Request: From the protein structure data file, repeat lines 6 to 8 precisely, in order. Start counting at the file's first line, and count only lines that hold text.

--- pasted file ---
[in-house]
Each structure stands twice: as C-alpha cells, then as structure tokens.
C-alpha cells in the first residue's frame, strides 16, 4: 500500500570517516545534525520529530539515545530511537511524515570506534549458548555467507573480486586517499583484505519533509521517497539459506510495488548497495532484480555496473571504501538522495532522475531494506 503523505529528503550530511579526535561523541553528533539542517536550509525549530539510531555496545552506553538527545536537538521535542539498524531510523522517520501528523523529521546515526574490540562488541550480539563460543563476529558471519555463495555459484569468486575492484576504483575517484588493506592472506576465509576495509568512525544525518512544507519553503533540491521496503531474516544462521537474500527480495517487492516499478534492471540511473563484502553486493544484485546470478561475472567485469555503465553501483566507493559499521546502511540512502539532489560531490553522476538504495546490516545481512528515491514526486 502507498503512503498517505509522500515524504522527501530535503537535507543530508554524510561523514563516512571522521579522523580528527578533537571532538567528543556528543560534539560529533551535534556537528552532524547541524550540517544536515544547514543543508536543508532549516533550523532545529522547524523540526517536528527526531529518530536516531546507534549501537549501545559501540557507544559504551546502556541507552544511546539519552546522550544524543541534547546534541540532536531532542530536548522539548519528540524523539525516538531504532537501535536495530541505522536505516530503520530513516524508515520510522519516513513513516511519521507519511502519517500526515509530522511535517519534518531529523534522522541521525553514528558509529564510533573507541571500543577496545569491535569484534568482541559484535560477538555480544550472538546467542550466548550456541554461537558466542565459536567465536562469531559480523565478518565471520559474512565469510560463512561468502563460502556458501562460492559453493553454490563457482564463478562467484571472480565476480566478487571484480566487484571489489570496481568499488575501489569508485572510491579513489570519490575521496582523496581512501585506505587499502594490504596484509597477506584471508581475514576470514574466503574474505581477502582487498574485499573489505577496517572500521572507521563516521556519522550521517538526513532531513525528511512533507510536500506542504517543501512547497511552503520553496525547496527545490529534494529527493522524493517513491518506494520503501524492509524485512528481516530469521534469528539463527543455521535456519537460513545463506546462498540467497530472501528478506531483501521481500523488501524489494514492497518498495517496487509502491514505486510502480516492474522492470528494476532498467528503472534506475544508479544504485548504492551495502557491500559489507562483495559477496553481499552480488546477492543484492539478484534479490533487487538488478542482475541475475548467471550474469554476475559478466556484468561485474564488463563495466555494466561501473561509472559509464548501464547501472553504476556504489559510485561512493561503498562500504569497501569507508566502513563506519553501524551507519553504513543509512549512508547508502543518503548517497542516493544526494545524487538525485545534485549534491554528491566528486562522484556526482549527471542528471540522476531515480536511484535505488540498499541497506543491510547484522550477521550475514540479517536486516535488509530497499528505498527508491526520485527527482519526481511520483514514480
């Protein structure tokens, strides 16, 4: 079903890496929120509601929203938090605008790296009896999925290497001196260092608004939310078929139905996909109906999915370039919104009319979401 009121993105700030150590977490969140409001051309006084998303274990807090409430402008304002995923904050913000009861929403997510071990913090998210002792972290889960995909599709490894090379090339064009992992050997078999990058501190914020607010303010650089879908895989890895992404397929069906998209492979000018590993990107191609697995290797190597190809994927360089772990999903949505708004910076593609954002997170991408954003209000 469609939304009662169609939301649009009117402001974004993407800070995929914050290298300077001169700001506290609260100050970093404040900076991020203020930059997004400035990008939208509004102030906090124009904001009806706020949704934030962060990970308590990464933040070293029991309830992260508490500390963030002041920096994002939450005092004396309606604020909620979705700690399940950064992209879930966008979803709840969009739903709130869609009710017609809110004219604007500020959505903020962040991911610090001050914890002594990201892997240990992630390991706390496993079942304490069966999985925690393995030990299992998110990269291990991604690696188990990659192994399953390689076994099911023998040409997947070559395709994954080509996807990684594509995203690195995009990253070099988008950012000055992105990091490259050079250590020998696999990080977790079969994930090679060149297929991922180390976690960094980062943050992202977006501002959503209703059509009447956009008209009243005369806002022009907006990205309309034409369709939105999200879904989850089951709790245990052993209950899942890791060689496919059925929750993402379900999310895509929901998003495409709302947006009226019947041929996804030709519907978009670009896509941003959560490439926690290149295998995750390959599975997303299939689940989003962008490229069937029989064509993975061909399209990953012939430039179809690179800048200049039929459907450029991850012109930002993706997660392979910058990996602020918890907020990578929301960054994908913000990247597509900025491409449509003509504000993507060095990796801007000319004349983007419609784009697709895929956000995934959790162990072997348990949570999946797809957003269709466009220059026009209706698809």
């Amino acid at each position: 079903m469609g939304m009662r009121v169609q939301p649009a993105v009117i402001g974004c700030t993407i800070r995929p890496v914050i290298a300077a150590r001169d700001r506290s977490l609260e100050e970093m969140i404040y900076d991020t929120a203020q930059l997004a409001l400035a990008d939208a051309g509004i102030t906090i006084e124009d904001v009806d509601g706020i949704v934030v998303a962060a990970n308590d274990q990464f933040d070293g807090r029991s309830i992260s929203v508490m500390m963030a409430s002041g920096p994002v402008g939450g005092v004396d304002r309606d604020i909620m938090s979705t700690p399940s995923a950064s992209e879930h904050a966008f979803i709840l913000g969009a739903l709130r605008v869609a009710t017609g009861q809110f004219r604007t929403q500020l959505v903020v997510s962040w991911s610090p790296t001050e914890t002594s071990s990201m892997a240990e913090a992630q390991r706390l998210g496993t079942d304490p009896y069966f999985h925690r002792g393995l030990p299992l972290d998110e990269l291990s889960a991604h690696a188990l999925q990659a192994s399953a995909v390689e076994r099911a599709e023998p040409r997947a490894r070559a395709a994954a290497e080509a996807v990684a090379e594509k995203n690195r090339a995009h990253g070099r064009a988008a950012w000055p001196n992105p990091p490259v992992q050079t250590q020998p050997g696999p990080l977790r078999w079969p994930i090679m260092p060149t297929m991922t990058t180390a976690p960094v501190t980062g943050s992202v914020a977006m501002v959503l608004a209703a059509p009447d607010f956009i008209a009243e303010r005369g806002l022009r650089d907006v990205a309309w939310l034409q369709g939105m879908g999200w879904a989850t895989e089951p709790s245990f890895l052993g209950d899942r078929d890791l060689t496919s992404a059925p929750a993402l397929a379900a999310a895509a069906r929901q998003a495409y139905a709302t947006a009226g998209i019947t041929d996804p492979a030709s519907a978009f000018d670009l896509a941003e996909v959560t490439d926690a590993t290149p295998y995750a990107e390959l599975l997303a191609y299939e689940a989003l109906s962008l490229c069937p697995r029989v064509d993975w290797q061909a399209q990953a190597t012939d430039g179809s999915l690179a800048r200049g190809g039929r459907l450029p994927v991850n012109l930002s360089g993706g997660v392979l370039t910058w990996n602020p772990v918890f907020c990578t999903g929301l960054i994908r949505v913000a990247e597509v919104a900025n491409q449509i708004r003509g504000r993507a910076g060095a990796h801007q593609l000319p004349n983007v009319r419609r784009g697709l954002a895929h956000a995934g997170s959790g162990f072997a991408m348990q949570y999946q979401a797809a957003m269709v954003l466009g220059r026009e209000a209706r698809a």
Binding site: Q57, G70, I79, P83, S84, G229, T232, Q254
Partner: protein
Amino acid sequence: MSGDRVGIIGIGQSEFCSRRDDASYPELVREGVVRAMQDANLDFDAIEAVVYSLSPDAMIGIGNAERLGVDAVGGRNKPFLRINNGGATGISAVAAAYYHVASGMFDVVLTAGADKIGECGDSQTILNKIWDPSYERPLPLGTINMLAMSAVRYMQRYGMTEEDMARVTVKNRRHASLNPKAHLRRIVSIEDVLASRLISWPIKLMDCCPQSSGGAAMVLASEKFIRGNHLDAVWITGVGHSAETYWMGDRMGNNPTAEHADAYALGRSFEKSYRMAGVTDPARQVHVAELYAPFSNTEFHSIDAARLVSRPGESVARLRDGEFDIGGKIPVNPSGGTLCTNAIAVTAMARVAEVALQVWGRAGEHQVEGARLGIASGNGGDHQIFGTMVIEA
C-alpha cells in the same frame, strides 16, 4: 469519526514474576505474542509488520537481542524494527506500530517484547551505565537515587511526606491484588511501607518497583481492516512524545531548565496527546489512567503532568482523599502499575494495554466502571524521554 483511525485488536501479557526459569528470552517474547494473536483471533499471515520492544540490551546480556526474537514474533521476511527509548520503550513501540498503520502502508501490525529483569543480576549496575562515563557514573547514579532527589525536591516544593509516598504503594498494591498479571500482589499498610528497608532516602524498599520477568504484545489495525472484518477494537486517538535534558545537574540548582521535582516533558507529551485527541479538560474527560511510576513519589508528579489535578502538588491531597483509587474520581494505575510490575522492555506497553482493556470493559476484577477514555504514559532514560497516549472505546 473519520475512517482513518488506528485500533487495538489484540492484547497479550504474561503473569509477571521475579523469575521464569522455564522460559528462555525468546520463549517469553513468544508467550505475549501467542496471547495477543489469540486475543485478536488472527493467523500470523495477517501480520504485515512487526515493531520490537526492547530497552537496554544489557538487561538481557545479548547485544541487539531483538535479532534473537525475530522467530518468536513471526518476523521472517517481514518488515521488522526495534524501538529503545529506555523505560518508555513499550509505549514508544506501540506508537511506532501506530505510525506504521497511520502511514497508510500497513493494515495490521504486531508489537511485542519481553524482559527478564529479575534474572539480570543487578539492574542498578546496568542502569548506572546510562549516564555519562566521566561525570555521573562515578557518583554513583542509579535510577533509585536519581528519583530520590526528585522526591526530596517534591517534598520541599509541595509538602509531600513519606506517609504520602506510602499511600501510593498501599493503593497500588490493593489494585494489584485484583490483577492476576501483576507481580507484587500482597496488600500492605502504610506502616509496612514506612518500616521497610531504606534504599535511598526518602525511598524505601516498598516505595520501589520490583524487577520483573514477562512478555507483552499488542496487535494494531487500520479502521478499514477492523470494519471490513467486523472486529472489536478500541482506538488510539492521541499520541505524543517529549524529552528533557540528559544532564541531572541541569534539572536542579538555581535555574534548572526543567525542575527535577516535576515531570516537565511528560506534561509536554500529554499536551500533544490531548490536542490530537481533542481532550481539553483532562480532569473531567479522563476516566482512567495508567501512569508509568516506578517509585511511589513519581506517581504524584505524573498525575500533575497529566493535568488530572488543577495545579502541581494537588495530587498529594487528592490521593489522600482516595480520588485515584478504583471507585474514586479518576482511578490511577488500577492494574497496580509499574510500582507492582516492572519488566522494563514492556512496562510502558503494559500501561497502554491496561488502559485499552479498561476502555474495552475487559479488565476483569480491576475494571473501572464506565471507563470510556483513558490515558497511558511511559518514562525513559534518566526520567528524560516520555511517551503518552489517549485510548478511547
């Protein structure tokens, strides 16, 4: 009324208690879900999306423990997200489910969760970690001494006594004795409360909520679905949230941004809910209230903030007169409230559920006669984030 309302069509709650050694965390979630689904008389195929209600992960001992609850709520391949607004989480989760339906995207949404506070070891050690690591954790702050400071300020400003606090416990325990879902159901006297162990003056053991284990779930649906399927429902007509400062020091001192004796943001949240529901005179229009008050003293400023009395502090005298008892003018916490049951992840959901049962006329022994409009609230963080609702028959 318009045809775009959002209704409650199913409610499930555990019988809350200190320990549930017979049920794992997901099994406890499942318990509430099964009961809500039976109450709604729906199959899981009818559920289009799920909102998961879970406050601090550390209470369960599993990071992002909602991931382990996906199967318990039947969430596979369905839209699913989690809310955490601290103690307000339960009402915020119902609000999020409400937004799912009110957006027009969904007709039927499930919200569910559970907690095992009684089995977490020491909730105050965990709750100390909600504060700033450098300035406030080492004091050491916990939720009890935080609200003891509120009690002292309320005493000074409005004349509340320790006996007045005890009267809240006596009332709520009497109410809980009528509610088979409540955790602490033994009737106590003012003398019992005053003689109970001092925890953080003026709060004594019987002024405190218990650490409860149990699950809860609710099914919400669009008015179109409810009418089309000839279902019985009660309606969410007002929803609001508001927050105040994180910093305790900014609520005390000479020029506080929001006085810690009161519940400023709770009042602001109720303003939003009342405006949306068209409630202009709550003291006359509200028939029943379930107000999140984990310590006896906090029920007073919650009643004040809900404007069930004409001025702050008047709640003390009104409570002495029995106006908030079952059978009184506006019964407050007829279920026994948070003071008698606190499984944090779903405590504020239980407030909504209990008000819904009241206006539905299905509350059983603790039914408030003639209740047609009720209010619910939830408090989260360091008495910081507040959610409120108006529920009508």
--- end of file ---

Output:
Binding site: Q57, G70, I79, P83, S84, G229, T232, Q254
Partner: protein
Amino acid sequence: MSGDRVGIIGIGQSEFCSRRDDASYPELVREGVVRAMQDANLDFDAIEAVVYSLSPDAMIGIGNAERLGVDAVGGRNKPFLRINNGGATGISAVAAAYYHVASGMFDVVLTAGADKIGECGDSQTILNKIWDPSYERPLPLGTINMLAMSAVRYMQRYGMTEEDMARVTVKNRRHASLNPKAHLRRIVSIEDVLASRLISWPIKLMDCCPQSSGGAAMVLASEKFIRGNHLDAVWITGVGHSAETYWMGDRMGNNPTAEHADAYALGRSFEKSYRMAGVTDPARQVHVAELYAPFSNTEFHSIDAARLVSRPGESVARLRDGEFDIGGKIPVNPSGGTLCTNAIAVTAMARVAEVALQVWGRAGEHQVEGARLGIASGNGGDHQIFGTMVIEA